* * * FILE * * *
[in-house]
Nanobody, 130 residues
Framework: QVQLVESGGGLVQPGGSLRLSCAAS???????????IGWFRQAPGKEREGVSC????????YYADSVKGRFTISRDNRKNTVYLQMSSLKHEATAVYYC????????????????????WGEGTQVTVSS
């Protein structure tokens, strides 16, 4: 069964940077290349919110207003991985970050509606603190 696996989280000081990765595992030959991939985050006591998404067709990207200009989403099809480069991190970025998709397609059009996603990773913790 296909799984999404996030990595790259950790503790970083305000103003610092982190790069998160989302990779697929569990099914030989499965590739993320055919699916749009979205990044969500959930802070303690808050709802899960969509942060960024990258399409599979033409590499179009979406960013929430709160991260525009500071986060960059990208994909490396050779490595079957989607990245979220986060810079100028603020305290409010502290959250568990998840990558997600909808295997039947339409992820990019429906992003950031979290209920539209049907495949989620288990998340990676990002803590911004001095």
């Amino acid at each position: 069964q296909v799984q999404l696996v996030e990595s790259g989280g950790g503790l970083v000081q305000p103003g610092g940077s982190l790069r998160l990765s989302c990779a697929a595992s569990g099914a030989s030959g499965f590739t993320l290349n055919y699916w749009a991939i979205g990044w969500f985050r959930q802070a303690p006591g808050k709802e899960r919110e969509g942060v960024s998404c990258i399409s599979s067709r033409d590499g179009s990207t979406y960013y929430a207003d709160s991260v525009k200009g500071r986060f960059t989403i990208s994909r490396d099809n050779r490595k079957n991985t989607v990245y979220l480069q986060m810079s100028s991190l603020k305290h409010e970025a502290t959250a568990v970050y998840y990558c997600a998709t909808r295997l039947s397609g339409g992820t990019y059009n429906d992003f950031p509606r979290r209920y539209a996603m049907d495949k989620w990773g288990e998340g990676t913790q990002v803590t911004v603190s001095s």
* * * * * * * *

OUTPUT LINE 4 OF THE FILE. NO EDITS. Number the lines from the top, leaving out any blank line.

């Protein structure tokens, strides 16, 4: 069964940077290349919110207003991985970050509606603190 696996989280000081990765595992030959991939985050006591998404067709990207200009989403099809480069991190970025998709397609059009996603990773913790 296909799984999404996030990595790259950790503790970083305000103003610092982190790069998160989302990779697929569990099914030989499965590739993320055919699916749009979205990044969500959930802070303690808050709802899960969509942060960024990258399409599979033409590499179009979406960013929430709160991260525009500071986060960059990208994909490396050779490595079957989607990245979220986060810079100028603020305290409010502290959250568990998840990558997600909808295997039947339409992820990019429906992003950031979290209920539209049907495949989620288990998340990676990002803590911004001095």